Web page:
|Also known as||Standards Western Automatic Computer|
|Manufacturer||U.S. National Bureau of Standards (NBS)|
|Memory||256 words, with each word being 37 bits (Williams tubes)|
The SWAC (Standards Western Automatic Computer) was an early electronic digital computer built in 1950 by the U.S. National Bureau of Standards (NBS) in Los Angeles, California. It was designed by Harry Huskey.[self-published source]
Like the SEAC which was built about the same time, the SWAC was a small-scale interim computer designed to be built quickly and put into operation while the NBS waited for more powerful computers to be completed (in particular, the RAYDAC by Raytheon).
The machine used 2,300 vacuum tubes. It had 256 words of memory, using Williams tubes, with each word being 37 bits. It had only seven basic operations: add, subtract, and multiply (single precision and double precision versions); comparison, data extraction, input and output. Several years later, drum memory was added.
When the SWAC was completed in August 1950, it was the fastest computer in the world. It continued to hold that status until the IAS computer was completed a year later. It could add two numbers and store the result in 64 microseconds. A similar multiplication took 384 microseconds. It was used by the NBS until 1954 when the Los Angeles office was closed, and then by UCLA until 1967 (with modifications). It was charged out there for $40 per hour.
Additionally, the SWAC was vital in doing the intense calculation required for the X-ray analysis of the structure of vitamin B12 done by Dorothy Hodgkin. This was fundamental in Hodgkin receiving the Nobel Prize in Chemistry in 1964.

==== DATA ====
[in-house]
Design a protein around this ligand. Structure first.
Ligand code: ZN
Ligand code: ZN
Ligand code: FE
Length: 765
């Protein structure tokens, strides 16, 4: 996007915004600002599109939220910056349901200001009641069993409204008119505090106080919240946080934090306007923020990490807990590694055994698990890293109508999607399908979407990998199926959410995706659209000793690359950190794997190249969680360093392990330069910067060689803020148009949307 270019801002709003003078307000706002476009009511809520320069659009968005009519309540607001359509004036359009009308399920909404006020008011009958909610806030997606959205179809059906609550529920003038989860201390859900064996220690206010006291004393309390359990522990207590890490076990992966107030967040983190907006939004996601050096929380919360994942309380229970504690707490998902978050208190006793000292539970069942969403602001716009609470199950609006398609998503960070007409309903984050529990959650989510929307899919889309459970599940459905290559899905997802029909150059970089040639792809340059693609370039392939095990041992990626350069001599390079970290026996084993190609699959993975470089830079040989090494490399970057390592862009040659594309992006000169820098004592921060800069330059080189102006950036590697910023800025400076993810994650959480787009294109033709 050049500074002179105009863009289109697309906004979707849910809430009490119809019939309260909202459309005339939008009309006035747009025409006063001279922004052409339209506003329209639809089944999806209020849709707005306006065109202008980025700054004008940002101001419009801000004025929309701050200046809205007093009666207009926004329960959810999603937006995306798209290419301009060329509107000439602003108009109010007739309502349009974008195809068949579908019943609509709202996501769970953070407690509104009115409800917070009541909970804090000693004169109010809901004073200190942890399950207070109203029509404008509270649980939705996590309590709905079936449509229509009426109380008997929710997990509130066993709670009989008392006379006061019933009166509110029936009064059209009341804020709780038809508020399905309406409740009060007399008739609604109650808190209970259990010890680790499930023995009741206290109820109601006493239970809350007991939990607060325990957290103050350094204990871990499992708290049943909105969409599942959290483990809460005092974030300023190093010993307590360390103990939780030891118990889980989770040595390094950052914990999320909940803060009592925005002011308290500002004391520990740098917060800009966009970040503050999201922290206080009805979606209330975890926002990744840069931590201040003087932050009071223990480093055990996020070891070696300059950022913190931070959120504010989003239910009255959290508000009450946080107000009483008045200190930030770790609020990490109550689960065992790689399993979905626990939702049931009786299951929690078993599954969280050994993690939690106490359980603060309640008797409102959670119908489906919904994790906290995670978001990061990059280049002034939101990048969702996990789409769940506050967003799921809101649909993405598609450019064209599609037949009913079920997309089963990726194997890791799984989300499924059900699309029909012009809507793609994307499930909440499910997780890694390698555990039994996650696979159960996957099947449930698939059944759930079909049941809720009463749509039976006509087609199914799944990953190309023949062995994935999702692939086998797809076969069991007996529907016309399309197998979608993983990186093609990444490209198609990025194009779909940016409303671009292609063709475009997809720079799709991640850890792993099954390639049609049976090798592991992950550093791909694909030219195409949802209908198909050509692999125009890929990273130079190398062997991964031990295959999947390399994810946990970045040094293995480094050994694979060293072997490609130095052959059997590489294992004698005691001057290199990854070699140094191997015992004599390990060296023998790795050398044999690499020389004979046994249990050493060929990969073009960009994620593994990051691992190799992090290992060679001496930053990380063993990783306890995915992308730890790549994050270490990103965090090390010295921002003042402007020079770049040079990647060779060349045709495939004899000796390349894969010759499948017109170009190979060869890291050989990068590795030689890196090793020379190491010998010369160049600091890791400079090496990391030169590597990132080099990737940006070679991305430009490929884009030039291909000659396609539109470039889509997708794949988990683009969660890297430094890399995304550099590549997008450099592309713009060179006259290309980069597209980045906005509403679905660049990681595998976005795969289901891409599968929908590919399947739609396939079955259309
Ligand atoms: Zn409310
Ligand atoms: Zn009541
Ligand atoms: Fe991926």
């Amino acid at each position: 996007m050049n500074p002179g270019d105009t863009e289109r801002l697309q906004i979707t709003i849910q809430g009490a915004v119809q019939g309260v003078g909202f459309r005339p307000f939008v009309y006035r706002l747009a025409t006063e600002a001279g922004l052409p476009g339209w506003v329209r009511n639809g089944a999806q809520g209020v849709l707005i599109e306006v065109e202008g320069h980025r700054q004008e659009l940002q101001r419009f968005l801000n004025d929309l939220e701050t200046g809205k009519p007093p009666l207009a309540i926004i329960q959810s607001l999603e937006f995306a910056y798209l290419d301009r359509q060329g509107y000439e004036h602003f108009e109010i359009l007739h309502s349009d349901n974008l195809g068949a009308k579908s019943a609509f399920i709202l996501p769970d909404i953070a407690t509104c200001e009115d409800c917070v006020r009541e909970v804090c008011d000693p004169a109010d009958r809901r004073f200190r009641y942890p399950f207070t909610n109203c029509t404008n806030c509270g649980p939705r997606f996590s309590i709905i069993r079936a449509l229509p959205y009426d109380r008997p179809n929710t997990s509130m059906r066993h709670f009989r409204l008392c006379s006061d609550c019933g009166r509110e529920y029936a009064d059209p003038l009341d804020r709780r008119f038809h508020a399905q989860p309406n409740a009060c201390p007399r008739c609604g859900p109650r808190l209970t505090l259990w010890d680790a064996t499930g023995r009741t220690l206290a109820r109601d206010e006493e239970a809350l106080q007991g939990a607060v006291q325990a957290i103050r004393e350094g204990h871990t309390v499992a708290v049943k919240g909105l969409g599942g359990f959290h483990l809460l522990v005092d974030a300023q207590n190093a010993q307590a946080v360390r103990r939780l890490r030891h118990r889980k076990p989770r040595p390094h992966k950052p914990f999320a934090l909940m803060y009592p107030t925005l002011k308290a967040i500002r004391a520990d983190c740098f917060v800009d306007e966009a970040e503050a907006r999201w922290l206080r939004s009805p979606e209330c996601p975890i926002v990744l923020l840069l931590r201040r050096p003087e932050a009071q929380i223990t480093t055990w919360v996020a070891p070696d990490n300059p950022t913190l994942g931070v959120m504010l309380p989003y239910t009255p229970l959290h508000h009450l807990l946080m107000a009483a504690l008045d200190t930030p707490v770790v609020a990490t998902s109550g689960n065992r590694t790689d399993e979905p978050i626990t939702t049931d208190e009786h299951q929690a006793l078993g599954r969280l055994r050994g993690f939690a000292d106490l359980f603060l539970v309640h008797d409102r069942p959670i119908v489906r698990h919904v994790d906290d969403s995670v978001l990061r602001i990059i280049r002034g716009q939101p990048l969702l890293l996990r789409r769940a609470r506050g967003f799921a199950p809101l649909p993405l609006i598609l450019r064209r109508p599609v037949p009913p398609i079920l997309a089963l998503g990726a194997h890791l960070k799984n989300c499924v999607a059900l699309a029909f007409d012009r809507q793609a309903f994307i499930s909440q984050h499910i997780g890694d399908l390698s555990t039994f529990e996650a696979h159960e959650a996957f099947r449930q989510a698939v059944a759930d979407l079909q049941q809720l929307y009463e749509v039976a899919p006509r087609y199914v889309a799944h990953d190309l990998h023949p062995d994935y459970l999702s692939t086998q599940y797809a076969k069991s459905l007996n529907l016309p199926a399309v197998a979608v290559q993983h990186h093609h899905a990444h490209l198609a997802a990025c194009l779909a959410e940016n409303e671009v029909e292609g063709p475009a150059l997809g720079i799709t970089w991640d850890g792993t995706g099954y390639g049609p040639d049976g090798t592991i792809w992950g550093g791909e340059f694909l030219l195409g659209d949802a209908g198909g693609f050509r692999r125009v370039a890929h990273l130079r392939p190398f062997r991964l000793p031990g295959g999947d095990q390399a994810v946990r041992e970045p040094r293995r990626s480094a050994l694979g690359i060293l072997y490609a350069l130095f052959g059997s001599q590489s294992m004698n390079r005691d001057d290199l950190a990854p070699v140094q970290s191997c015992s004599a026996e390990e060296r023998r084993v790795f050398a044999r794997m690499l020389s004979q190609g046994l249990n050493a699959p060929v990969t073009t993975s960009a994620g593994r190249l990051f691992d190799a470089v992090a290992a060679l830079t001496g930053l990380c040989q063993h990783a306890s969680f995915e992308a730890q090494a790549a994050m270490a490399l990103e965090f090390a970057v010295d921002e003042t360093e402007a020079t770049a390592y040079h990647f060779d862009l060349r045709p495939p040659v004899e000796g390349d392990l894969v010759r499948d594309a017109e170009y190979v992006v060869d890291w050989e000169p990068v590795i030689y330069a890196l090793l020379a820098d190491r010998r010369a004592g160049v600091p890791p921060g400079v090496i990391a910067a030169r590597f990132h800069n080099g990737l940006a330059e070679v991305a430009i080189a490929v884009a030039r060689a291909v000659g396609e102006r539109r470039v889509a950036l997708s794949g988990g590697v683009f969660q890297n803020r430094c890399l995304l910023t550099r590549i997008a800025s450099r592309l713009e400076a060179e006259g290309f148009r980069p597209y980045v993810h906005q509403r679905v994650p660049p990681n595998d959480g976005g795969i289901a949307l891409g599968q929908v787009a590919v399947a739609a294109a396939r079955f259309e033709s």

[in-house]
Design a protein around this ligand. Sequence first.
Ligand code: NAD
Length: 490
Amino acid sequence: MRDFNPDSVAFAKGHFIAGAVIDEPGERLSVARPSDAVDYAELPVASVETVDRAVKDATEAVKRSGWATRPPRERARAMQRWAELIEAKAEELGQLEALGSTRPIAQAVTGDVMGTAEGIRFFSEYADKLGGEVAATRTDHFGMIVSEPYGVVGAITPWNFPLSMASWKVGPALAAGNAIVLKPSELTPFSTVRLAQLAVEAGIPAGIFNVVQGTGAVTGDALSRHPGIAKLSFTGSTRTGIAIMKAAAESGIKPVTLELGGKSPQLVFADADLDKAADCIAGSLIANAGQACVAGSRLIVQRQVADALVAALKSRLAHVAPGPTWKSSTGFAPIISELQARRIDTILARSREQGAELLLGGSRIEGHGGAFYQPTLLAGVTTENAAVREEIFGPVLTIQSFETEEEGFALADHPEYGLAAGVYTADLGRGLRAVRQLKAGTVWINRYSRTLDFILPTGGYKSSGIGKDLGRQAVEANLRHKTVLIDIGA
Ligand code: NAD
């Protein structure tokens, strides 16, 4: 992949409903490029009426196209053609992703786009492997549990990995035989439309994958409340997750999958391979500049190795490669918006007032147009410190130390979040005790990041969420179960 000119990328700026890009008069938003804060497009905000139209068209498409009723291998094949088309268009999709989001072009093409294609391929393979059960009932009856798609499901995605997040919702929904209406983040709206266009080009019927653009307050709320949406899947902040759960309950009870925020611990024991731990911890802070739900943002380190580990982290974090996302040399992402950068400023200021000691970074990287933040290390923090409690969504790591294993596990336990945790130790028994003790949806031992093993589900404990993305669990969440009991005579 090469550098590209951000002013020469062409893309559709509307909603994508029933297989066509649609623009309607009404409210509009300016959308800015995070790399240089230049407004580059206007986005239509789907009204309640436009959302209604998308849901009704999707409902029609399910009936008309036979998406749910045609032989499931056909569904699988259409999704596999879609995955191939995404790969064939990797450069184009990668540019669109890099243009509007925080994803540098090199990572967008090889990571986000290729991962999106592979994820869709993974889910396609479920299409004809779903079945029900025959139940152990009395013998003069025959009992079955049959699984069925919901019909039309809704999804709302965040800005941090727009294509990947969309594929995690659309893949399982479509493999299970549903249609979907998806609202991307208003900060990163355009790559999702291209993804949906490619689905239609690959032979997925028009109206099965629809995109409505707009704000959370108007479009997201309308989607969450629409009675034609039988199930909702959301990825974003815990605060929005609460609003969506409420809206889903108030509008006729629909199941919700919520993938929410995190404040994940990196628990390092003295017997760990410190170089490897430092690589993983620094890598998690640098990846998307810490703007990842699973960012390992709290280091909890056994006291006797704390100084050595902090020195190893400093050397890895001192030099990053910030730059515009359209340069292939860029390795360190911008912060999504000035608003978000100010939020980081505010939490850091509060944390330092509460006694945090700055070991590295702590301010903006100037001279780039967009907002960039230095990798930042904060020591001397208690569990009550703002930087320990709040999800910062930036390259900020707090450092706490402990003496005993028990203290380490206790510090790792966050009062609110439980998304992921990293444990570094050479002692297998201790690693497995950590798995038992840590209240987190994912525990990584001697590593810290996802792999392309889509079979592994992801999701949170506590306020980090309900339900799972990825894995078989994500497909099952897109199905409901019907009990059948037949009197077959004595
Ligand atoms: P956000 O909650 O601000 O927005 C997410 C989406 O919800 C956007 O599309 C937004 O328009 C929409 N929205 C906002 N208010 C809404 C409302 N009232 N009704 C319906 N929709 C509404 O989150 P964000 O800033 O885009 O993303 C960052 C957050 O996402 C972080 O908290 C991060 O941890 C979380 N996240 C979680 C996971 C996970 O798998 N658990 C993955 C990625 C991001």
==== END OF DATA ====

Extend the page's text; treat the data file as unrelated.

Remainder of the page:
- McMurran, Marshall William (2008). ACHIEVING ACCURACY: A Legacy of Computers and Missiles. Xlibris Corporation. p. 49. ISBN 9781462810659.
- Oral history interview with Alexandra Forsythe Archived 2018-11-22 at the Wayback Machine, Charles Babbage Institute, University of Minnesota.
- "6. National Bureau of Standards Western Automatic Computer (SWAC)". Digital Computer Newsletter. 2 (4): 3. December 1950.[dead link]
- "4. The SWAC". Digital Computer Newsletter. 4 (2): 3. April 1952.[dead link]
- Hodgkin, D.C.; Pickworth, J.; Robertson, J.H; Trueblood, K.N.; Prosen, R.J; White, J.G. Nature. 1955. 176. 325.
- Williams, Michael R. (1997). A History of Computing Technology. IEEE Computer Society.
- "Automatic Computing Machinery: News - Institute for Numerical Analysis". Mathematics of Computation. 5 (33): 46–47. 1951. doi:10.1090/S0025-5718-51-99443-4. ISSN 0025-5718.
- Huskey, H. D. (1950). "Characteristics of the Institute for Numerical Analysis computer". Mathematics of Computation. 4 (30): 103–108. doi:10.1090/S0025-5718-1950-0037592-7. ISSN 0025-5718.
- "Documents about SWAC". www.bitsavers.org.
- Rutland, David (1997). "THE SWAC: First Computer on the West Coast" (PDF). The Analytical Engine. 4 (1): 31–34.
- IEEE Transcript: SWAC—Standards Western Automatic Computer: The Pioneer Day Session at NCC July 1978(subscription required)
- Oral history interview with Alexandra Forsythe, Charles Babbage Institute, University of Minnesota. Alexandra Illmer Forsythe discusses the career of her husband, George Forsythe. At UCLA he became involved with the National Bureau of Standards Western Automatic Computer (SWAC) until 1957, when the National Bureau of Standards closed its operation at UCLA. Also discusses his founding of the Stanford Computer Science Department.
- Margaret R. Fox Papers, 1935-1976, Charles Babbage Institute, University of Minnesota. collection contains reports, including the original report on the ENIAC, UNIVAC, and many early in-house National Bureau of Standards (NBS) activity reports; memoranda on and histories of SEAC, SWAC, and DYSEAC; programming instructions for the UNIVAC, LARC, and MIDAC; patent evaluations and disclosures relevant to computers; system descriptions; speeches and articles written by Margaret Fox's colleagues; and correspondence of Samuel Alexander, Margaret Fox, and Samuel Williams.
- MERSENNE AND FERMAT NUMBERS by RAPHAEL M. ROBINSON. February 7, 1954. From "The Prime Pages".